In yet another embodiment, a number of machine-readable media have stored thereon sequences of instructions that, when executed by a machine, cause the machine to perform the actions of the method described in the preceding paragraph.

In still another embodiment, a circuit test system comprises 1) a plurality of test channels; 2) a number of sets of pin electronics that are associated with the plurality of test channels; and 3) a switching matrix to selectively couple each of the test channels to ones of a plurality of sub-channels. A number of timing sets are loaded into one or more of the sets of pin electronics, with each of the timing sets providing information for calibrating signals transmitted over one of the plurality of sub-channels. At least two of the plurality of timing sets are loaded into a first of the sets of pin electronics to provide information for calibrating signals transmitted over different ones of the plurality of sub-channels.

Other embodiments are also disclosed.

BRIEF DESCRIPTION OF THE DRAWINGS

Illustrative embodiments of the invention are illustrated in the drawings, in which:

FIG. 1 illustrates an exemplary circuit test system;

FIG. 2 illustrates an exemplary set of pin electronics for one test channel of the FIG. 1 test system;

FIG. 3 illustrates the FIG. 1 test system when used in conjunction with a switching matrix;

FIG. 4 illustrates a method for creating a map of which timing sets should be pre-loaded into the pin electronics corresponding to a test system's test channels;

FIG. 5 illustrates a method for pre-loading timing sets into the pin electronics corresponding to a test system's test channels; and

FIG. 6 illustrates exemplary data structures for implementing the method shown in FIG. 5.

DETAILED DESCRIPTION

FIG. 1 illustrates an exemplary circuit test system 100. The circuit test system 100 comprises a plurality of test channels 102, 104, 106, 108, 110, each of which is associated with its own set of pin electronics (see, for example, FIG. 2, which shows a set of pin electronics 200 for test channel 102). A set of pin electronics 200 may take various forms, but in one embodiment comprises a test processor 202, a pattern generator 204, a timing generator 206, a waveform generator 208, a driver 210, a comparator 212 and a receiver 214.

As shown, the channels 102, 104, 106, 108, 110 of the test system 100 may be coupled to a particular DUT 114 via a load board 112 or other interface that serves to adapt the footprint of the channels 102, 104, 106, 108 to the footprint of the DUT 114.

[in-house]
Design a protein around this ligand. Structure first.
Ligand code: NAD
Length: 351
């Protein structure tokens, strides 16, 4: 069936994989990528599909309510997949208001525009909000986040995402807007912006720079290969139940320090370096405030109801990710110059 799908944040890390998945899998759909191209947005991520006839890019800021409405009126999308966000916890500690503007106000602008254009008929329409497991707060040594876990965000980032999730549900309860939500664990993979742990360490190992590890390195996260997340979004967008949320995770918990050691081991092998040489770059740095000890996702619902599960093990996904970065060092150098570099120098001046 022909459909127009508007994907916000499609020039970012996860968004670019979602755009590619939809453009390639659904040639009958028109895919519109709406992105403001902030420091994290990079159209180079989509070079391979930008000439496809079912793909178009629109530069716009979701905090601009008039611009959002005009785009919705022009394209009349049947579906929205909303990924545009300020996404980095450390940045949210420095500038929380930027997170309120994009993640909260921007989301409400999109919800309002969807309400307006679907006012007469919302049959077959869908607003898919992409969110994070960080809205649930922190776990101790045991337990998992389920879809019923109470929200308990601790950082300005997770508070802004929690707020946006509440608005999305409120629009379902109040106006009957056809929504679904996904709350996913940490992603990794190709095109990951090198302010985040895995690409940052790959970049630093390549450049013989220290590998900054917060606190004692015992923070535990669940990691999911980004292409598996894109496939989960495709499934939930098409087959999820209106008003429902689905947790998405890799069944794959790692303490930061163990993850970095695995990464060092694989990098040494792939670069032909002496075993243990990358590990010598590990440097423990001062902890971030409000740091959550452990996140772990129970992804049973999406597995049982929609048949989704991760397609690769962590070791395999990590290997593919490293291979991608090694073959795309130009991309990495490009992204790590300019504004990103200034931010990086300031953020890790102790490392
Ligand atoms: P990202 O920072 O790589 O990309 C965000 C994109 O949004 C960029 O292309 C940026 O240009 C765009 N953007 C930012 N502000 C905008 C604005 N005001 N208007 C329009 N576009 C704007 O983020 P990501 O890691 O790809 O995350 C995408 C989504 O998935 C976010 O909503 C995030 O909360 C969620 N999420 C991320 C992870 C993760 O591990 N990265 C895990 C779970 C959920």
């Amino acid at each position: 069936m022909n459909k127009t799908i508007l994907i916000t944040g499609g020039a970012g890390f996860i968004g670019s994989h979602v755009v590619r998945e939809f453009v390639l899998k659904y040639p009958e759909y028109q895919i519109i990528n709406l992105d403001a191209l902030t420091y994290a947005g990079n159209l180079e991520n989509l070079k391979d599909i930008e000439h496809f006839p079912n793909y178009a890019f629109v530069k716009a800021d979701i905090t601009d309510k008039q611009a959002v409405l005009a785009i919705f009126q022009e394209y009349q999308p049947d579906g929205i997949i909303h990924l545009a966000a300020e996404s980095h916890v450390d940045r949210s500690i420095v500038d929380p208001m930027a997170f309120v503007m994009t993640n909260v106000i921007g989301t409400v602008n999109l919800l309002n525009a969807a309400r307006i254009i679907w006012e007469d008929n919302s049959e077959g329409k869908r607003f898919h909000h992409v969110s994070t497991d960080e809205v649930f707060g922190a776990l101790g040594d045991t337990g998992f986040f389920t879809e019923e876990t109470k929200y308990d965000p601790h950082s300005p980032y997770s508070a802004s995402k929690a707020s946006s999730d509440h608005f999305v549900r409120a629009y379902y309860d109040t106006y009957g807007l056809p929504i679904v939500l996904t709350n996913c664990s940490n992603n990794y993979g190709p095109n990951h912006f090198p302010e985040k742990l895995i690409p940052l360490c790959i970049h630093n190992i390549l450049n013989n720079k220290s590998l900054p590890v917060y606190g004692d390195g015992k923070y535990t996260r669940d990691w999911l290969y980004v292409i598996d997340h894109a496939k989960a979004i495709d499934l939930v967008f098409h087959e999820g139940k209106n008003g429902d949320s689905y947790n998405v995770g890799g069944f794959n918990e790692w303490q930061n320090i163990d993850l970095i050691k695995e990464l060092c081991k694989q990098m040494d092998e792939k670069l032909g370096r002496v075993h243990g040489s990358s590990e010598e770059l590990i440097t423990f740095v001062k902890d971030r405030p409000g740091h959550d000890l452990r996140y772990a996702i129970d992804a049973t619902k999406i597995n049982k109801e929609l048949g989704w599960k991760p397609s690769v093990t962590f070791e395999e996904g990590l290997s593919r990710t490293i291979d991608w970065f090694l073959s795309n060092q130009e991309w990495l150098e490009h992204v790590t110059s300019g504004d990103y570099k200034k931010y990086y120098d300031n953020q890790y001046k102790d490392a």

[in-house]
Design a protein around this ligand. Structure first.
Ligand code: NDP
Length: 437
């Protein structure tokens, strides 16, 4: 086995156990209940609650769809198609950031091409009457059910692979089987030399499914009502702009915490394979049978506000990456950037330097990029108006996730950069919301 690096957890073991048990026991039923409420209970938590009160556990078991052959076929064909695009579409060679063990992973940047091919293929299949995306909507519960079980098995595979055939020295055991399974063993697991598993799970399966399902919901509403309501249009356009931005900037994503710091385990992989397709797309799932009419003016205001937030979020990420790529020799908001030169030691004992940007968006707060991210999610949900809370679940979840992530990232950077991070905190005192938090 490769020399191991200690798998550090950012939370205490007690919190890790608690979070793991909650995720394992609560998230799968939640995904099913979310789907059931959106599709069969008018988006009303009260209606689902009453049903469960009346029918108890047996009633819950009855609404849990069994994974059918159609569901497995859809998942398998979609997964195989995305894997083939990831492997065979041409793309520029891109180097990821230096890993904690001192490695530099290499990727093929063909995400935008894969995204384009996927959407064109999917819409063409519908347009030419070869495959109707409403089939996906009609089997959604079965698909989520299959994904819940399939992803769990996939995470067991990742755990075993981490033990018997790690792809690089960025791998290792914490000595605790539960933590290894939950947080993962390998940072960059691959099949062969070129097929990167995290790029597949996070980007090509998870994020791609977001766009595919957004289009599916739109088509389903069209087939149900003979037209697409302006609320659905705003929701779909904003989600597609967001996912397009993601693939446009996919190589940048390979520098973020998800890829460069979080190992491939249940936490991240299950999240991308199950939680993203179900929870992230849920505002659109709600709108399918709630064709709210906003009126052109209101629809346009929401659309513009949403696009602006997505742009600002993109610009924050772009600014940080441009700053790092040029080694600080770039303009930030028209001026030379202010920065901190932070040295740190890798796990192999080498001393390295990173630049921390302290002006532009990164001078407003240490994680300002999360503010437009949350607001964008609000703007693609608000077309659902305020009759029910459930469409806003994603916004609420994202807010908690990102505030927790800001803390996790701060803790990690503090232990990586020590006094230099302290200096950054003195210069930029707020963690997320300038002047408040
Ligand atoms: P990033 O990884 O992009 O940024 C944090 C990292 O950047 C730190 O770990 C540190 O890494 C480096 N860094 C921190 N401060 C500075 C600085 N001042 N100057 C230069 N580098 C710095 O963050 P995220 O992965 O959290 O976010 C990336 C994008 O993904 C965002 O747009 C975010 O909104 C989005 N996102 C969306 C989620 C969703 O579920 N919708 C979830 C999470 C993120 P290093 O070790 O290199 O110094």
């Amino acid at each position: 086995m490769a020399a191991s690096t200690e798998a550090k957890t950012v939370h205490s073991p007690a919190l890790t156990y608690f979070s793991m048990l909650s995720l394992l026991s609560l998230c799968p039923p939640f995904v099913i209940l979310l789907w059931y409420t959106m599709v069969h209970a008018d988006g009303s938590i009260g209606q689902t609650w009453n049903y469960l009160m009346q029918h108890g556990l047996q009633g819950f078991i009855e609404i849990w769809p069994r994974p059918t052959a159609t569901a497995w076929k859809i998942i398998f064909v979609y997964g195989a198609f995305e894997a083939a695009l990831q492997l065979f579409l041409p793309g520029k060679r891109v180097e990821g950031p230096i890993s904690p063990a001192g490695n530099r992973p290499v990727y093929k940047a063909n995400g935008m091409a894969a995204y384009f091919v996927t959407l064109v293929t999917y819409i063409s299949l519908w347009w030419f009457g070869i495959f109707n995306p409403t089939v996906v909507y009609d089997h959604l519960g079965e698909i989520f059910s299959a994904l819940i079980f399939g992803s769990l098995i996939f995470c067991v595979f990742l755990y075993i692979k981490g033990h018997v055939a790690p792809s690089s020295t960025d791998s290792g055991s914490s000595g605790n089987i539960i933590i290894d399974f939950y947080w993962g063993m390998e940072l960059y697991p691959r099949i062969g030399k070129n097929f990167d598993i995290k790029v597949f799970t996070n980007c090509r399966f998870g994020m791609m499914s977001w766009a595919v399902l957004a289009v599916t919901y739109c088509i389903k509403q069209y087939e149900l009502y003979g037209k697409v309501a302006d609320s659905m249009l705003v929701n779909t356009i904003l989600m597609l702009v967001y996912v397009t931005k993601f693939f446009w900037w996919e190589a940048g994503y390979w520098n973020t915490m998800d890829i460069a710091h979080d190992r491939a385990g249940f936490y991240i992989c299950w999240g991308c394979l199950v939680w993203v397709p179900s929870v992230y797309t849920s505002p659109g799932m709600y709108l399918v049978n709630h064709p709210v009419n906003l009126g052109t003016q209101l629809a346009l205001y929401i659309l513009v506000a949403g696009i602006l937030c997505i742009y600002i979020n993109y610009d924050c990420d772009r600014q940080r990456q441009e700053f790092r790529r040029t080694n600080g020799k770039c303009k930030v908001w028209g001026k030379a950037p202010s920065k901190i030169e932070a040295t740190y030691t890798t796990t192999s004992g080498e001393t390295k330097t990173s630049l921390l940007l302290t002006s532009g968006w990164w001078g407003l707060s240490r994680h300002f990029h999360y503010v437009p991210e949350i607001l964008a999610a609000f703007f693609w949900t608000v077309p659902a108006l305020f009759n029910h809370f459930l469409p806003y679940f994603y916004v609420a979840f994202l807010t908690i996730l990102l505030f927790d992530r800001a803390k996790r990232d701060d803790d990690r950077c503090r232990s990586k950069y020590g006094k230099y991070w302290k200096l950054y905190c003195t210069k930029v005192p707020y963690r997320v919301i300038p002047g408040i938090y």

In operation, various elements of the pin electronics 200 (FIG. 2) may be initialized under control of a test program—either by means of the test processor 202, or by means of an external system. Then, and in response to a test program executed by the test processor 202, signals may be applied to a DUT 114 (FIG. 1) via the driver 210, or signals may be received from the DUT 114 via the receiver 214. One of the items that may be initialized is a plurality of “timing sets” that are stored or accessed by the timing generator 206.

When signals are to be applied to the DUT 114, a test program executed by the test processor 202 causes the test processor 202 to control the pattern generator 204 so that the pattern generator 204 generates 1) a series of test patterns 216 comprised of 1's and 0's that are to be applied to the DUT 114, and 2) a request for timing information. The request for timing information is supplied to the timing generator 206, and is used to index one of the timing sets that is stored or accessed by the timing generator 206. Each of the timing sets specifies how the 1's and 0's of a test pattern are to be applied to the DUT 114. Of note, each timing set is calibrated to the particular test channel for which it is used, but is calibrated in the context of, for example, different ones or combinations of signaling levels, cycle times, et cetera.

The waveform generator 208 receives both 1) the test patterns 216 generated by the pattern generator 204, and 2) their corresponding timing sets 218, as provided by the timing generator 206, and then generates a series of waveforms. These waveforms are then amplified and applied to the DUT 114 via the driver 210.

When signals are to be received from the DUT 114, the test processor 202, pattern generator 204 and timing generator 206 function similarly to how they do when signals are to be applied to the DUT 114. However, the outputs of the timing generator 206 are instead used to 1) control the receipt of data at the receiver 212, and 2) calibrate a waveform to which the comparator 214 can compare received data to verify the structure or function of the DUT 114.

Of note, the test program that is executed by the test processor 202 is typically generated for a particular DUT 114. Therefore, as the test system 100 is used to test different DUTs, a user will cause different test programs to be loaded into the test processor 202 (or memory associated therewith). A user may also cause different test programs to be loaded into the test processor 202 as different aspects of a single DUT 114 are tested.

FIG. 3 illustrates the use of the circuit test system 100 in conjunction with a switching matrix 300. The switching matrix 300 serves to selectively couple each of the test system's channels 102, 104, 106, 108, 110 to ones of a plurality of sub-channels 302. By way of example, the switching matrix 300 is shown to couple each of a system's test channels (e.g., channel 102) to its own group of six sub-channels (e.g., group 302). In this manner, the test channels 102, 104, 106, 108, 110 may be selectively coupled to different pins or pads of a DUT 114 that is coupled to the switching matrix 300. Or, the test channels 102, 104, 106, 108, 110 may be selectively coupled to pins or pads of different DUTs (i.e., for parallel DUT test). In the presence of the switching matrix 300, a different load board 304 may be needed to mate the circuit test system 100 and switching matrix 300 to a DUT 114.